of major concept--teacher stops and briefly (30secs-3 mins)
• have students discuss a seed question related to learning
• Key--focused, micro-discussion (NOT PLAYTIME)
Turn The Question into a
• START WITH AN IF, THEN STATEMENT: If the flow of air by restriction is
reduced, then the force of air will be less.
Turn that into a testable statement:
• Example: Reducing the flow of air in a blow gun will cause the
projectile’s flight to decrease in distance.
Primacy/Recency Effect 1880's research(Ebbinghaus)--in a
learning episode we tend to remember BEST which comes
first, 2nd best second, etc.
Remember LEAST anything after the middle of the learning episode.
Problem-MOST teachers have 1 start & 1 finish
Brain DOESN'T track time(class periods), it tracks state changes.
- Change in physical or mental state!
- Multiple changes= multiple starts/finishes
- Multiple vibrant learning throughout class!
• Typical adult attention span= 10-15 mins
• Typical teenager 8-10 (Allen 2009, 31).
Build Your Pom Pom
Per shooter
▲● 4- 4” pieces of 1/2” PVC pipe
▲● 2 -2” pieces of 1/2” PVC pipe
▲● 1- 7” piece of 1/2” PVC pipe
●● 2 elbow connectors for 1/2“ PVC
●● 2 T connectors for 1/2” PVC
●● 3 end-caps for 1/2” PVC, drilled to restrict air flow
Build Your Pom Pom
Get em Moving and Doing!
• Load a pom pom to the front of the pom pom shooter
(furthest from mouth)
• predict how far the marshmallow will shoot
• Try it
Addresses both sides of the learning coin--Academic & Behavioral
- Marzano (2001)-- use of effective reinforcement produced between a 20 to
48 percentile gain in student achievement!
• MAKE Academic Success a REALLY BIG DEAL!
• Praise OFTEN!
• Not just the A students.
- Student avg 71% on test now gets an 85%
- More participation in class discussions
- Struggling student turning in HW MORE.
• Recognition at ANY level provides student with motivation to continue pursuit of
academic success.
• Students (especially At-Risk) can FINALLY see the connection between effort and reward.
• Personalize it and be specific.
Test It!
• Load a pom pom to the front of the pom pom shooter
(furthest from mouth)
• Predict how far the marshmallow will shoot
• Try it
More Air = More Force
• Load a pom pom to the back of the pom pom shooter (closest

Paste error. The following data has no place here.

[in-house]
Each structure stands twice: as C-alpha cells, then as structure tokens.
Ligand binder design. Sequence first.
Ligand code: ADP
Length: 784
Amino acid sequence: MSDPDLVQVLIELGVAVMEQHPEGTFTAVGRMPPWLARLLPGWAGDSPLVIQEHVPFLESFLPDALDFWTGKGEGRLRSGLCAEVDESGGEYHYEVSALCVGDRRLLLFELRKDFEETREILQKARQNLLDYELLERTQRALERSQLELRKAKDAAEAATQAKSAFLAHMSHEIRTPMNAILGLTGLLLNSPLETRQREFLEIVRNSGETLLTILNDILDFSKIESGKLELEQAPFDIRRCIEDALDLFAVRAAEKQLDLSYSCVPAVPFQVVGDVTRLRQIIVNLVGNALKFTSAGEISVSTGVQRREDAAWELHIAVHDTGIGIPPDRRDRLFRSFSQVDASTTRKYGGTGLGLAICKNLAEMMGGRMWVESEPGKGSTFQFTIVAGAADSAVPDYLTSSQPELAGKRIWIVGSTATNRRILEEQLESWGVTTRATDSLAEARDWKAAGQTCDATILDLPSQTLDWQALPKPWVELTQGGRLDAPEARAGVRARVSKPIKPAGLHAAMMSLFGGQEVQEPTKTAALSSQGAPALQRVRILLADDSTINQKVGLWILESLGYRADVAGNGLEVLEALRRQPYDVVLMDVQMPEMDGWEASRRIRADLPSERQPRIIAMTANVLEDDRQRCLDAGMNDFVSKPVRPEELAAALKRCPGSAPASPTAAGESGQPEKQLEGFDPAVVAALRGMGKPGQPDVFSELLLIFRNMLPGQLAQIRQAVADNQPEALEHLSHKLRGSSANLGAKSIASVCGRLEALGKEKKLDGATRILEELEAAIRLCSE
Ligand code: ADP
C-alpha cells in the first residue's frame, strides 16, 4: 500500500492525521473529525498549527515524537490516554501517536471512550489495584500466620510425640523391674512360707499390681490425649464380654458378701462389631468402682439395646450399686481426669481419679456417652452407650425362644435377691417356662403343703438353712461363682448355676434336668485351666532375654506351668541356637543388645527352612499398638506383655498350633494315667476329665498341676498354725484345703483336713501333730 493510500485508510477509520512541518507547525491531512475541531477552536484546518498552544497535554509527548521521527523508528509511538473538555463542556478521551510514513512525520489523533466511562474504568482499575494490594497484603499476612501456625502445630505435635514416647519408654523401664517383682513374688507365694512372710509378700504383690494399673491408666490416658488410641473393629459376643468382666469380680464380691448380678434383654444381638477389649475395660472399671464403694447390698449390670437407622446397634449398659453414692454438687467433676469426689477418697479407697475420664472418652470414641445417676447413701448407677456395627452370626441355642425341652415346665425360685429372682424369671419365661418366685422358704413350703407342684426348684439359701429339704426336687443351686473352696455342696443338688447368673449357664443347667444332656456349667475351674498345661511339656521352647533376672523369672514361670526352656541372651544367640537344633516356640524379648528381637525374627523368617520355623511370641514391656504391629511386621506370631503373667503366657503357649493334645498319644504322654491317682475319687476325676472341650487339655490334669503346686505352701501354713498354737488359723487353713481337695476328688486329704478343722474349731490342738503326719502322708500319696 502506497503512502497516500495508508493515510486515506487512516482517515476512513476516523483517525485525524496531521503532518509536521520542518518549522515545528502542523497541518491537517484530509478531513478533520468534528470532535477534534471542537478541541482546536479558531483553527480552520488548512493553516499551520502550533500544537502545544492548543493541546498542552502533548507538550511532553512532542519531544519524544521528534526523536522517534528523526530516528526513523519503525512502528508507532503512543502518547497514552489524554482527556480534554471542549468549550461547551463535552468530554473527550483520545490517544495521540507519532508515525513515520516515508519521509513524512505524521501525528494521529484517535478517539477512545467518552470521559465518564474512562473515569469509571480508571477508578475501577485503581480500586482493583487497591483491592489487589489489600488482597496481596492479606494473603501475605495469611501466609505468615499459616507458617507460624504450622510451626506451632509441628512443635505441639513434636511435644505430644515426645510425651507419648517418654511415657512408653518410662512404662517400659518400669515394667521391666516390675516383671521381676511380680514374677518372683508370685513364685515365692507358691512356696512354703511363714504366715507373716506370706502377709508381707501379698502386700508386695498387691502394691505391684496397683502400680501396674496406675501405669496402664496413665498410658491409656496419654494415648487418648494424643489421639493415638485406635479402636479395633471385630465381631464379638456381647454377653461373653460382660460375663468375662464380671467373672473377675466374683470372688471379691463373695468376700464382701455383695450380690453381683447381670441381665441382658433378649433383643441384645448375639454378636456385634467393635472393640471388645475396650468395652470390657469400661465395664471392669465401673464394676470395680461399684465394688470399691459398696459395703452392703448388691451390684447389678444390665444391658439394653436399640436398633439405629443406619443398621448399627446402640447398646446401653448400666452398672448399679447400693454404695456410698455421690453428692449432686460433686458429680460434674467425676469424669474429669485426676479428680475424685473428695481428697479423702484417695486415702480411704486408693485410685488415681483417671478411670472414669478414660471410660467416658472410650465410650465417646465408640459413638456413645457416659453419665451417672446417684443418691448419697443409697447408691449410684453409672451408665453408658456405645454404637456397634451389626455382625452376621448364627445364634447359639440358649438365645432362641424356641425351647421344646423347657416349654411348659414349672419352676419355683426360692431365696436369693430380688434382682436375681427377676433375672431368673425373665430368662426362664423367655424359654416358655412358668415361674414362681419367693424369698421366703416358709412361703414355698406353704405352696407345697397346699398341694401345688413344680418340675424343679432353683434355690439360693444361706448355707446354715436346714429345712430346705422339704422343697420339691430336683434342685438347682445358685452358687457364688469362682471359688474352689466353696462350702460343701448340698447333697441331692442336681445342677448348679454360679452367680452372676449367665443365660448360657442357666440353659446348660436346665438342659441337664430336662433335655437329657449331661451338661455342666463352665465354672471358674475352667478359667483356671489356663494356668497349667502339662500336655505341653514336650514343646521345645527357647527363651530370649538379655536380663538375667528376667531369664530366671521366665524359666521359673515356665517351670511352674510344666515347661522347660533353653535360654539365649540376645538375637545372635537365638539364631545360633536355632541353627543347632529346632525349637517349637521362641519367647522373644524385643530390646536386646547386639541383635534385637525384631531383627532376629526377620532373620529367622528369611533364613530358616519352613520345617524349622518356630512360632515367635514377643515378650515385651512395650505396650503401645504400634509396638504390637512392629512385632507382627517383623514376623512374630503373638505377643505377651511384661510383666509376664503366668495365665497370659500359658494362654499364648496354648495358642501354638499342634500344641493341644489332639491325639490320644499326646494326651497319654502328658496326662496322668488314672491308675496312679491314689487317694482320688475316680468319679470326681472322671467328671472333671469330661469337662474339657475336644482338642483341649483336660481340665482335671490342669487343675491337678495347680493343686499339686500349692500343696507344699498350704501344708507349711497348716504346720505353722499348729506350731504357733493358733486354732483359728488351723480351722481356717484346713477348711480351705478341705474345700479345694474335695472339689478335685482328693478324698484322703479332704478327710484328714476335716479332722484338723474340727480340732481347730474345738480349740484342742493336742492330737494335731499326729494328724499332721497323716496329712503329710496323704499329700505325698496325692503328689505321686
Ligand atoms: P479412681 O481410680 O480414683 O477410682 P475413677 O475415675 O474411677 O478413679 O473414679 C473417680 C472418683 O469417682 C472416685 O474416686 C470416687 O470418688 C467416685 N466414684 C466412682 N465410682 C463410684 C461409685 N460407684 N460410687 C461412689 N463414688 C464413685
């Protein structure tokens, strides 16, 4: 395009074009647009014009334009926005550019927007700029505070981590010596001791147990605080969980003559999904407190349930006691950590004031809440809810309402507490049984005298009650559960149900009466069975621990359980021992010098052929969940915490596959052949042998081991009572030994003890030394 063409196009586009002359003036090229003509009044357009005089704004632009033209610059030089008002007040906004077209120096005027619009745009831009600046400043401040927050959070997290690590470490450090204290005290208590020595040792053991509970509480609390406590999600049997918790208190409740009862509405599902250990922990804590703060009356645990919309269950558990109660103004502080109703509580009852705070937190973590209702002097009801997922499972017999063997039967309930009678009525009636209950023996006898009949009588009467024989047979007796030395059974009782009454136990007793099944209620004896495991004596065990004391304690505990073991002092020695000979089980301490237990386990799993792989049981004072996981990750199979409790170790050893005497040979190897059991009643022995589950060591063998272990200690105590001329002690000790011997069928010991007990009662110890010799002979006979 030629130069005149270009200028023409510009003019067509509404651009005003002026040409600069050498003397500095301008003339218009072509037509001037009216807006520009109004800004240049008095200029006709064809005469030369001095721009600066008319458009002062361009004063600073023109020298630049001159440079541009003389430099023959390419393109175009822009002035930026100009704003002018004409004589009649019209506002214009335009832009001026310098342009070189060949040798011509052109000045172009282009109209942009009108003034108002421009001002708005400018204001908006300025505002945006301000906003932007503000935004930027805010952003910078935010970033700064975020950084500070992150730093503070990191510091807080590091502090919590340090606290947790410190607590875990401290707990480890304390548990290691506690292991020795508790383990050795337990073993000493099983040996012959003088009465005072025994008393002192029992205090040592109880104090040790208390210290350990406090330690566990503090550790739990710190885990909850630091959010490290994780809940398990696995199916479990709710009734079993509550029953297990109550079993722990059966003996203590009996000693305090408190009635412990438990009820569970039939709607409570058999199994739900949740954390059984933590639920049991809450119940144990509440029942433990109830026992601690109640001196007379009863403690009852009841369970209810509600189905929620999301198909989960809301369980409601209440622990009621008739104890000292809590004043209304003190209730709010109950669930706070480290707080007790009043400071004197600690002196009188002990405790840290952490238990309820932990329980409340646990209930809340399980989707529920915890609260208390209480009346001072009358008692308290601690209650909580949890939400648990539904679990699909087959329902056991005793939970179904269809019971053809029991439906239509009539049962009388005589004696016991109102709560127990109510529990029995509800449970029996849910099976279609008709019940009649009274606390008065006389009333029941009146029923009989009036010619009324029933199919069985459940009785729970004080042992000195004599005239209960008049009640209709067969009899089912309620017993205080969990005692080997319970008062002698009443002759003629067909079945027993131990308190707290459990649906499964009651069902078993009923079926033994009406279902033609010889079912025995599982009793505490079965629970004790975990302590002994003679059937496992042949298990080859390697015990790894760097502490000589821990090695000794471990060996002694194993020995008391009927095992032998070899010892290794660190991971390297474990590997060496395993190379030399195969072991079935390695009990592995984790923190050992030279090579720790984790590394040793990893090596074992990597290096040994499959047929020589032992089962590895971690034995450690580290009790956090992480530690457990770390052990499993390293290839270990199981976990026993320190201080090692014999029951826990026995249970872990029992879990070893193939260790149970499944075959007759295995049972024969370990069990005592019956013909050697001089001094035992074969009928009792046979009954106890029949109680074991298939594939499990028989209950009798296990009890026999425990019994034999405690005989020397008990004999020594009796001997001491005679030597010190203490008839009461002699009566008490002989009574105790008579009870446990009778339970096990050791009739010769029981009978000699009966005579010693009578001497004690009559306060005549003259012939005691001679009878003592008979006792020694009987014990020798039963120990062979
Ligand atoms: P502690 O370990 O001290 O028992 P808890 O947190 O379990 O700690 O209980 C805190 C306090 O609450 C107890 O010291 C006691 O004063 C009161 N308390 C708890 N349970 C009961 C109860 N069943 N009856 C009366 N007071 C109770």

to mouth)
• Predict how far the it will shoot
• Try it
Marshhmallow vs Pom Pom
Mario and Luigi are arguing in the cafeteria. Mario says that if
he flings a fire ball with a greater speed, then it will have a
greater inertia. Luigi argues that inertia does not depend upon
speed, but rather upon mass. Who do you agree with? Explain
Luigi is correct. Inertia is that quantity which depends solely
upon mass. The more mass, the more inertia. Momentum is
another quantity in Physics which depends on both mass
AND speed. Momentum (p) is expressed as:
mass X velocity
Marshmallow vs Pom-Pom
• Load marshmallow to the back of the pom pom shooter
(closest to mouth)
• Predict how far the marshmallow will go.
• Try it.
• A variable is something that is changed
• A constant, or control, is something that does not change
Science experiments
• Independent Variable: the one factor that is changed by the
person doing the experiment
• Dependent Variable: the factor which is measured in the
• Constants: all the factors that stay the same in an experiment
Our Variables
• Restriction of air flow
• Mouth pieces with smaller holes
Conduct the Investigation
(Task Cards)
Analyze the Data
Graph the Data
• Critical writing-writing for the purpose of organizing, clarifying, defending,
refuting, analyzing, dissecting, connecting/ expanding on ideas & concepts.
• "Results Now" M. Schmoker (2006).
• Process of Putting focused thought on to paper.
Not copying—That only turns entire classrooms in to slow-speed
Xerox machines!
Draw Conclusions
Final Thoughts!
Must progress come to an end – either in catastrophe or in
some sort of completion – or is it unbounded? The answer
is the latter.The philosopher John Locke wrote in 1689 that
the mind is like ‘white paper’ on to which sensory
experience writes, and that that is where all our knowledge
of the physical world comes from. In reality scientific
theories are not ‘derived’ from anything. Human minds
create them by rearranging, combining, altering and adding
to existing ideas with the intention of improving upon them.
-David Deutsch, 2011, The Beginning of Infinity.